Studio 60 on the Sunset Strip
WHEN Mondays, 9 PM
WHERE Channel 5 (NBC)
NBC’s lavish, much-hyped new drama Studio 60 on the Sunset Strip has gotten some good reviews but its early ratings have been disappointing, and that’s inevitably led to a lot of blog chatter about why. The general consensus, even among reviewers who call it the best new show of the season, is that the subject–backstage life at a show that looks a lot like Saturday Night Live–is just too insidery, too “insular” (as one reviewer put it) for ordinary people like you and me to understand.
The show actually is almost impossible to understand. But I don’t think that has anything to do with how insular it is.
Consider what happens in the pilot episode. The producer of the show-within-the-show (Judd Hirsch) has a meltdown when the network censors force him to cut a controversial sketch. He goes on the air live and denounces the network for showing garbage and then denounces America for watching garbage. This causes a huge uproar in the media, and then the new head of the network (Amanda Peet) has a brilliant idea: she fires the producer and brings back the show’s original creative team (Matthew Perry and Bradley Whitford), who were themselves fired years ago for being too hip and edgy. The network head’s boss (Steven Weber) goes along with this scheme reluctantly but tells her that if it doesn’t succeed, “It’s all on you.”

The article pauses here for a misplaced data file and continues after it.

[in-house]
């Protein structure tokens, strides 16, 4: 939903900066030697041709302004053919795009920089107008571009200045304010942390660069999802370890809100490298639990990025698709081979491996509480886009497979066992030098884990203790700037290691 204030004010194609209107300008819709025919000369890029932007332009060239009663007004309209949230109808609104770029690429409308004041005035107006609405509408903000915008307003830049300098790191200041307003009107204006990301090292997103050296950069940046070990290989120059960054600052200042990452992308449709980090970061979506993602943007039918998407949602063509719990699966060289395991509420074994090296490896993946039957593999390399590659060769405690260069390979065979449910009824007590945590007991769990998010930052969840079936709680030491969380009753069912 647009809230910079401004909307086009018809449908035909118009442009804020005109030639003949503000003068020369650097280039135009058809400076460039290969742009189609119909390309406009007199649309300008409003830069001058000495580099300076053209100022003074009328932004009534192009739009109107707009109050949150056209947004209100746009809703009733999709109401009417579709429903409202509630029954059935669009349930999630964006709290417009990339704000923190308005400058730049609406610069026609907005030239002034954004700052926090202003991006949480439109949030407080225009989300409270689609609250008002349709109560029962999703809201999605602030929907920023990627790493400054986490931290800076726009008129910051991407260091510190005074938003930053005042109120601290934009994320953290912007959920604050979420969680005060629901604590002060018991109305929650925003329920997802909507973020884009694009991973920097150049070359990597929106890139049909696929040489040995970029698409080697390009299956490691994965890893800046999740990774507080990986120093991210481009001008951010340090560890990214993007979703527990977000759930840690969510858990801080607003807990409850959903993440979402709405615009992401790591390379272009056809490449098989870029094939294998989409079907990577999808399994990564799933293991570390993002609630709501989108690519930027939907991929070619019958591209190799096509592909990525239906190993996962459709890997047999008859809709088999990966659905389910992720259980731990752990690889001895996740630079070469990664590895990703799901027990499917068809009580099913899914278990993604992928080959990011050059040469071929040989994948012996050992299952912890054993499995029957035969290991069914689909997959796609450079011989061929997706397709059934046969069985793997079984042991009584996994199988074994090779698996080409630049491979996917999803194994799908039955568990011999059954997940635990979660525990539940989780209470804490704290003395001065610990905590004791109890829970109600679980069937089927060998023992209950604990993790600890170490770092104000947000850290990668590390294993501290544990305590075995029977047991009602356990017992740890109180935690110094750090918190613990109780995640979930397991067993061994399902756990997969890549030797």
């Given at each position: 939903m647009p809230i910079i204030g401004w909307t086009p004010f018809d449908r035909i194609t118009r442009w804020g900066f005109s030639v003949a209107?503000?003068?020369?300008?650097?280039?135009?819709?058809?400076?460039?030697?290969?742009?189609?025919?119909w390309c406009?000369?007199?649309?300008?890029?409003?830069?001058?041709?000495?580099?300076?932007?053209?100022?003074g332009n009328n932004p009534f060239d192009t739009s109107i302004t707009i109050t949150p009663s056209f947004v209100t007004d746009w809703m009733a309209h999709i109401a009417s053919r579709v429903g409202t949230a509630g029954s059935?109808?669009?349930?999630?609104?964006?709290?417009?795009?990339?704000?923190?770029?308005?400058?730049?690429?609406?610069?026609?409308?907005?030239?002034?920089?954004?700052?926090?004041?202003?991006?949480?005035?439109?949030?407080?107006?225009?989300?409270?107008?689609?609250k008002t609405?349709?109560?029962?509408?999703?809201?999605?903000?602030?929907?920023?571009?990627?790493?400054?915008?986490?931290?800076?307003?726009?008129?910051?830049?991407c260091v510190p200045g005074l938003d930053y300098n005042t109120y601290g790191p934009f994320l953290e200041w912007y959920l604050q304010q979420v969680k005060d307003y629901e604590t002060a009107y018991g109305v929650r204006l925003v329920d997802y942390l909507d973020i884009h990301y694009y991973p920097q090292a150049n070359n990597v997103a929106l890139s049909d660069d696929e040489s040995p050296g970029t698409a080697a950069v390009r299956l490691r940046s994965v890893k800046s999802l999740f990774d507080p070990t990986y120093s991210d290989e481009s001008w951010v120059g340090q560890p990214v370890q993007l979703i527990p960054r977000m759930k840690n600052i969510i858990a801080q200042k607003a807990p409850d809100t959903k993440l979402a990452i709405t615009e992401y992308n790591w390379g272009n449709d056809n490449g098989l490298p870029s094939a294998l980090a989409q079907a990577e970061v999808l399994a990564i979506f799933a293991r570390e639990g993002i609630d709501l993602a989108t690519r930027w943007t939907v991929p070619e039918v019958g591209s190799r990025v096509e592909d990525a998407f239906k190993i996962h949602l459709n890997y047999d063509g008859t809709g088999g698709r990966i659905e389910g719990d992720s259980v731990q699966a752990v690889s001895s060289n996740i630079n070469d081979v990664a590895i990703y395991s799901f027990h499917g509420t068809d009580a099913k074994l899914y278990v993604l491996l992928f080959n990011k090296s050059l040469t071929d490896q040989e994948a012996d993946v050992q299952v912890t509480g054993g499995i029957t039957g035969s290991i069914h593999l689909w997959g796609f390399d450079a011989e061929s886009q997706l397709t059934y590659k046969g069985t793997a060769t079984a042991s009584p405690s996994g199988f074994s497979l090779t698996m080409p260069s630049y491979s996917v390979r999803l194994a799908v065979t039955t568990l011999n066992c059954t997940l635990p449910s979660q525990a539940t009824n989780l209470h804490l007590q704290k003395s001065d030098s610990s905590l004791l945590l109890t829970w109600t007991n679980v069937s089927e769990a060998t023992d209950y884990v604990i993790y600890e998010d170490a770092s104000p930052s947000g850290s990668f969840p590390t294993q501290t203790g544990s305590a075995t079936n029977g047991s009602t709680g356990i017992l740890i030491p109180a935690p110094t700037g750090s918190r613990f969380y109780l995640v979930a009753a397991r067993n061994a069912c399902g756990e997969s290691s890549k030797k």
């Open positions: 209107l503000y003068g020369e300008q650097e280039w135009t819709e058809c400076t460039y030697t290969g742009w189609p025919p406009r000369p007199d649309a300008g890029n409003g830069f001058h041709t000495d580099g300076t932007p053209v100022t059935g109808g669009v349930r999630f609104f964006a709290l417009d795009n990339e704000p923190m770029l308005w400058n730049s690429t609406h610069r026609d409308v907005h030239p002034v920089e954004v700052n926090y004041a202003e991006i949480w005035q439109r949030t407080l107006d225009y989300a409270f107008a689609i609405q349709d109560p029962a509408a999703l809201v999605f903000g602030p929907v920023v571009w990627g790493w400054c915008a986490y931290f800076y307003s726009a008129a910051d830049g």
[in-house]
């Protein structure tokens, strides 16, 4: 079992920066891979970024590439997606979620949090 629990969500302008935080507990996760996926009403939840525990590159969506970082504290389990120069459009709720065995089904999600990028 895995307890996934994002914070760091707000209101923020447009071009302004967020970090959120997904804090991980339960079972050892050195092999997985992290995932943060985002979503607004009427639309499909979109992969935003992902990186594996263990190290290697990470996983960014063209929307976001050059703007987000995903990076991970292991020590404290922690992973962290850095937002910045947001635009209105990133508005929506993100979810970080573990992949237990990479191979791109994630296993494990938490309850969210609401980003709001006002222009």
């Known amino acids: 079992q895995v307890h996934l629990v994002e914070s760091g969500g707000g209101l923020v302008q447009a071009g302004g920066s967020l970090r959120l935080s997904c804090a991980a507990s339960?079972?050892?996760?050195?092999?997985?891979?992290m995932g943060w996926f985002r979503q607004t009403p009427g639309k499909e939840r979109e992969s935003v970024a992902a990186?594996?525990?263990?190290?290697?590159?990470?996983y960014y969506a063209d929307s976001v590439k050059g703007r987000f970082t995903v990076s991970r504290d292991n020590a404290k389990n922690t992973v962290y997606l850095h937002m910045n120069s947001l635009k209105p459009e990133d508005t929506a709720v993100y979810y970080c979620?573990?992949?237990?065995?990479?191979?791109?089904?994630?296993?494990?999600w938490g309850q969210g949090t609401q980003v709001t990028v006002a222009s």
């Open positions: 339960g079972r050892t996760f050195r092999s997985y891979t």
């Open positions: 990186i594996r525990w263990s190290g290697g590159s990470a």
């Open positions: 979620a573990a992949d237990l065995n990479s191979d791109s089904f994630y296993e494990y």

Too insidery? Does anybody think this looks even remotely like what really goes on at Saturday Night Live, or at any other show in the history of TV? It’s straight out of a World War II movie about a desperate mission behind enemy lines. All the cliches are in place: the heroic renegades who can’t fit in with the military establishment, the tough, old-school commanding officer who grudgingly agrees they’re the best men for the job, even the perky, brilliant young staff officer who pipes up with the daringly unconventional plan that Just Might Work.
But it can’t be a joke–not given the show’s enfeebled concept of humor. Our heroes, those edgy, brilliant writer/producers, need a way to reestablish their cred as quickly as possible. So they, too, come up with a daring idea. They’ll open with one of those big, controversial, startling comedy sketches they used to do, the ones that back in the day got everybody in America talking. Here’s the sketch: they have a choir sing “We are the very model of a modern network TV show,” to the tune of “Modern Major General” from The Pirates of Penzance.